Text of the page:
In accordance with the present invention, a Worrell-type emergency cooling system is fabricated from conventional alloys and the initial portion of each of the tubes is provided with an entry zone, adapted to assure reliable performance using tubes of conventional alloys. The peak temperature for the metal in the heat exchanger tubes is thus kept as low as about 650 F. even when the temperature of portions of the heat surge can be of the magnitude of 3000 F. Each entry zone (both ends if designed for installing in either of the reversible positions) features heat transfer rates of the magnitude of half that of the principal zone because it is very important to prevent film boiling throughout the length of both at least one entry zone and said principal zone. Moreover, the entry zone must be long enough to cool the gas partially so that the unmodified portion of the tube (i.e., the principal zone) can cool the gas adequately, for example, to about 400 F. or less. If the emergency cooler is used as an ethylene flame suppressor, it is important that the possibility of rekindling of the decomposition flame front downstream be prevented by cooling to 400 F. or less.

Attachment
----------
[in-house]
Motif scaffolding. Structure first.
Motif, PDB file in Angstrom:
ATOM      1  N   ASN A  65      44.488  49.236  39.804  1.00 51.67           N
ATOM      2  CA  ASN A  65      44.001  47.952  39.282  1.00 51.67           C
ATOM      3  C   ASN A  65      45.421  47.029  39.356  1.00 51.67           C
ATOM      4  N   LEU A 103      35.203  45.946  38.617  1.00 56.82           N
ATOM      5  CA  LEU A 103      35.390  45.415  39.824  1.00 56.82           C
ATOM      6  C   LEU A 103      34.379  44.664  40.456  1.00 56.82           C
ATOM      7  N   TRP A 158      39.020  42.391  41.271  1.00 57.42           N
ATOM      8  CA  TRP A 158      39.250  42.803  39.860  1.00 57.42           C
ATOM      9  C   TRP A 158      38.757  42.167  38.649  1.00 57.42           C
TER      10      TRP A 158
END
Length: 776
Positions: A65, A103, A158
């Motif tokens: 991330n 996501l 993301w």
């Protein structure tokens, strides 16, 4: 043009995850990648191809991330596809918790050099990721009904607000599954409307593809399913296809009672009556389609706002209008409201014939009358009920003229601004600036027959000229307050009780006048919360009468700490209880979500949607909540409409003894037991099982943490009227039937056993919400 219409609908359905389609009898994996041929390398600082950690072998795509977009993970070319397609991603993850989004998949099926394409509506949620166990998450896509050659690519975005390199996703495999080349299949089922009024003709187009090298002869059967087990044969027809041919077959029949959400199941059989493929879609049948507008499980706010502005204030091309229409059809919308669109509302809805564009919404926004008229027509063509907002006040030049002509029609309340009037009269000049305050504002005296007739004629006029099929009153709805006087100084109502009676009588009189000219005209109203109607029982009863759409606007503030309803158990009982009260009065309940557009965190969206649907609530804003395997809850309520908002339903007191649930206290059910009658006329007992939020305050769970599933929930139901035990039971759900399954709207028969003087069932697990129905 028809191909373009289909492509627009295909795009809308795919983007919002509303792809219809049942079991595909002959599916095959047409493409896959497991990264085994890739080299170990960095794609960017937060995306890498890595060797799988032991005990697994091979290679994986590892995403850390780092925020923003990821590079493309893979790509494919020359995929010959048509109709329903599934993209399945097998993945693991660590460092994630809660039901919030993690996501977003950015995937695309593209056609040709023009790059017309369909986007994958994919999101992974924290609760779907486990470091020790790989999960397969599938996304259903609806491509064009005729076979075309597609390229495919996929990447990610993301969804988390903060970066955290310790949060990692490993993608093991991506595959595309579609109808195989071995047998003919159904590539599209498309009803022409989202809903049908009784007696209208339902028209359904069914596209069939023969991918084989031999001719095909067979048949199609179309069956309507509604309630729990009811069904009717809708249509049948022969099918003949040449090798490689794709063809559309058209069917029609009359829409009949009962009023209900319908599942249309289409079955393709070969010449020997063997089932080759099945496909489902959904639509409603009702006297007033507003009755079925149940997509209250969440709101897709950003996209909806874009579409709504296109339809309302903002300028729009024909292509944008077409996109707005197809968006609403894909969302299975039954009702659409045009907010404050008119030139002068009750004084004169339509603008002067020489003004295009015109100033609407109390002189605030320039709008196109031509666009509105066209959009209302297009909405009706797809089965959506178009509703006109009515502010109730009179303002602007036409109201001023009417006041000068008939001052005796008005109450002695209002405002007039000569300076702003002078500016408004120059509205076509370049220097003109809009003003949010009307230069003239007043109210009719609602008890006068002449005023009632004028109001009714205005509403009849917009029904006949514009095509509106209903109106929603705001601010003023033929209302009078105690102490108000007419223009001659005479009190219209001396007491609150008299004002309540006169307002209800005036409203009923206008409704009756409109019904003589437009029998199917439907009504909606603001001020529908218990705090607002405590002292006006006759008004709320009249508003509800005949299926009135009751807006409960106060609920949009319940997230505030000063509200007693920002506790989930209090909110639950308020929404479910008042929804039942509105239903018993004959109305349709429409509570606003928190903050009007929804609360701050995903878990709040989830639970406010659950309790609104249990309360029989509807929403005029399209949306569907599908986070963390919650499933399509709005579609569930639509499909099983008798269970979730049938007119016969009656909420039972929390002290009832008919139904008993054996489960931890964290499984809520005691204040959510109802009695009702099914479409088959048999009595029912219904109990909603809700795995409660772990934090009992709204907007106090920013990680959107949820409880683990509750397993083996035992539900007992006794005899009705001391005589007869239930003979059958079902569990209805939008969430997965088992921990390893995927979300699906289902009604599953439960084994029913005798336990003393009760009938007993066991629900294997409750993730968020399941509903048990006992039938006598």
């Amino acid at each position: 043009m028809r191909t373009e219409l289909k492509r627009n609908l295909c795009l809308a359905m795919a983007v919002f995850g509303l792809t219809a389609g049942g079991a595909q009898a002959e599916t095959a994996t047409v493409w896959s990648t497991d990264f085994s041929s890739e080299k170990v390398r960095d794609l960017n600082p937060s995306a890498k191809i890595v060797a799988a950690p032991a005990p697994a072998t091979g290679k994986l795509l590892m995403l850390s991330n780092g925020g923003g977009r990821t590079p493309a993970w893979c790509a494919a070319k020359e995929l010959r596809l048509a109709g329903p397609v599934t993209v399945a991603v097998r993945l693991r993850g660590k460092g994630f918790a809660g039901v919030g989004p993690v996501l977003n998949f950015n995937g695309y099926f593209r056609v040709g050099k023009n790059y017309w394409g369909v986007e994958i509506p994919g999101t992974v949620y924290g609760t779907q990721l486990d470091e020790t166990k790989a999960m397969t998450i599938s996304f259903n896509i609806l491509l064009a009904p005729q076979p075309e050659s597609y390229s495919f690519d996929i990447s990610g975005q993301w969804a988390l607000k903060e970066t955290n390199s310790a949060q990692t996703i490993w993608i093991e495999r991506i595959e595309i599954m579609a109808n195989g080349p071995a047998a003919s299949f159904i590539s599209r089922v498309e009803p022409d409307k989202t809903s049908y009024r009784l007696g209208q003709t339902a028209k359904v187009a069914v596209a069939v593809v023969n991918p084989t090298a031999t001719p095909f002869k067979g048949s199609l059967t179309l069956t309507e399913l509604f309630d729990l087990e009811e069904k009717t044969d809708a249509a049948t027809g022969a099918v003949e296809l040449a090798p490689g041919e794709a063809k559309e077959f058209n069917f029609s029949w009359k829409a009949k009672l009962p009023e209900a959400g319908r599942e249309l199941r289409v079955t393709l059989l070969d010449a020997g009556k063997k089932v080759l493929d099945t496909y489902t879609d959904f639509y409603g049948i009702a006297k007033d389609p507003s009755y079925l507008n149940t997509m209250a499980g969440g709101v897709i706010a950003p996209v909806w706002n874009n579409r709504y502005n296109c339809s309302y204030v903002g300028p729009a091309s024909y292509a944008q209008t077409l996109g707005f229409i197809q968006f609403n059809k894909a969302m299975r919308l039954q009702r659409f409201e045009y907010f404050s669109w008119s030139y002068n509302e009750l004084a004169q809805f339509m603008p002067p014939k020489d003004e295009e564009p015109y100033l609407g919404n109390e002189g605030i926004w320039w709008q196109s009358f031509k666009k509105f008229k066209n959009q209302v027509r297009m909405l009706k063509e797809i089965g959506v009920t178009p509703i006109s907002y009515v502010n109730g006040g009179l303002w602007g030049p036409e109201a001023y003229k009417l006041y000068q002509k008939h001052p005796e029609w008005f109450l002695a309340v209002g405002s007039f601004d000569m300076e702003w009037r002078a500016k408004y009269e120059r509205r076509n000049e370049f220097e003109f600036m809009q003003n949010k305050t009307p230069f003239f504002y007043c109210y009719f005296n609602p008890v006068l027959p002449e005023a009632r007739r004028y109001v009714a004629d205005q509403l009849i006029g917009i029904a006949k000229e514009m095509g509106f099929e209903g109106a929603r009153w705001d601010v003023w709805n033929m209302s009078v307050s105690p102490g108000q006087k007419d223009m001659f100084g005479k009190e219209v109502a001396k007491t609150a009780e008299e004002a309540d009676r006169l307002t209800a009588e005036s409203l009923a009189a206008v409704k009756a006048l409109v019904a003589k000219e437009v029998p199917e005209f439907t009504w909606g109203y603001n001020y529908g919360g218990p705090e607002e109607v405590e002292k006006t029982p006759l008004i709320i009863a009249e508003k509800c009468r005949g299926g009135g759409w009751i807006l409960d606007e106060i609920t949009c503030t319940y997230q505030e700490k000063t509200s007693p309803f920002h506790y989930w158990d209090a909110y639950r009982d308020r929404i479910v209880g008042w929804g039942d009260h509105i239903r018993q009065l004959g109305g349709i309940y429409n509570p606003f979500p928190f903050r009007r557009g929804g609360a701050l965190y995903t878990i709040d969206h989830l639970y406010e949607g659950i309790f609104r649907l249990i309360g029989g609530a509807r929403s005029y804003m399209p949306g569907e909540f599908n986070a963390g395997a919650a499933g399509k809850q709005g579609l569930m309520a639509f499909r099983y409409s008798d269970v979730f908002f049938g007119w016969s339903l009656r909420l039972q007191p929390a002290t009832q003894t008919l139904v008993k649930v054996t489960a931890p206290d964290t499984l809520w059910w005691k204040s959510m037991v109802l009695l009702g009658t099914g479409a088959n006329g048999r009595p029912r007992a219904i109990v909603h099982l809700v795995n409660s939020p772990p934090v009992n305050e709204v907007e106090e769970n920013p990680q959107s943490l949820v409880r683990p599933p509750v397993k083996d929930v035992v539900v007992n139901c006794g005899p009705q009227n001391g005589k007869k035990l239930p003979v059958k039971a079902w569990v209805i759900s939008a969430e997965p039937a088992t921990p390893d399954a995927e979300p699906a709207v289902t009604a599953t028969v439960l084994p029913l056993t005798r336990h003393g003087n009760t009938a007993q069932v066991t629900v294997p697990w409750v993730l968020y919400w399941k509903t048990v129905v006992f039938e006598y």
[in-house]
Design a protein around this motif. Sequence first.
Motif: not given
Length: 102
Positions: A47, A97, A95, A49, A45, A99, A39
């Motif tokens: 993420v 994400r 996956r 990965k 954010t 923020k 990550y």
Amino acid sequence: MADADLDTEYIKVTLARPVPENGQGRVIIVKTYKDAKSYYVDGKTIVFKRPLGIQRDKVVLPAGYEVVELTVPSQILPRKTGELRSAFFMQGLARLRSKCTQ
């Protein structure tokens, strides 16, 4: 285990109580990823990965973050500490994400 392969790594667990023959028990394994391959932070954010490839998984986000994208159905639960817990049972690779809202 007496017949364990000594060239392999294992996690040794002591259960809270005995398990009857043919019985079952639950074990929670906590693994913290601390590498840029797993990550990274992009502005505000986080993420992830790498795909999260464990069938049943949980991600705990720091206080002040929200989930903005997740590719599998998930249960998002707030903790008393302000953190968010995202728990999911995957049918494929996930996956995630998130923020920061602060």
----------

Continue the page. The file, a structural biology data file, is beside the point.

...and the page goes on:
By a series of tests it was established that the guard tubes imparting the controlled thermal conductivity of the entry zone must be at least 2 feet long and thus significantly longer than the ceramic ferrules of sulfur-oxide heat exchangers. However, such zone of controlled thermal conductivity must not go beyond about 30% of the length of the tube and must not exceed 8 feet. Because the length of the entry zone must be within the range from about 2 feet to about 8 feet and because the controlled thermal conductivity characteristics of the entry zone must meet certain objectives, there are ranges in the thermal conductivity characteristics which are permissible. If the controlled thermal conductivity of the combination of the guard tube and the heat transfer tube is relatively small, then a greater length of the entry zone is necessary. If the thermal conductivity is relatively great, then the guard tube at the entry zone can be shorter.

It is important that film boiling be prevented throughout the length of the emergency cooling zone. In the absence of the present invention, bubbles of vapor can form on the surface of a lower heat transfer tube and move upwardly at such a rapid rate that at the surface of an upper tube, there is the substantial absence of a liquid film. Heat transfer falls off rapidly, and the tube wall heats rapidly. This is known as film boiling.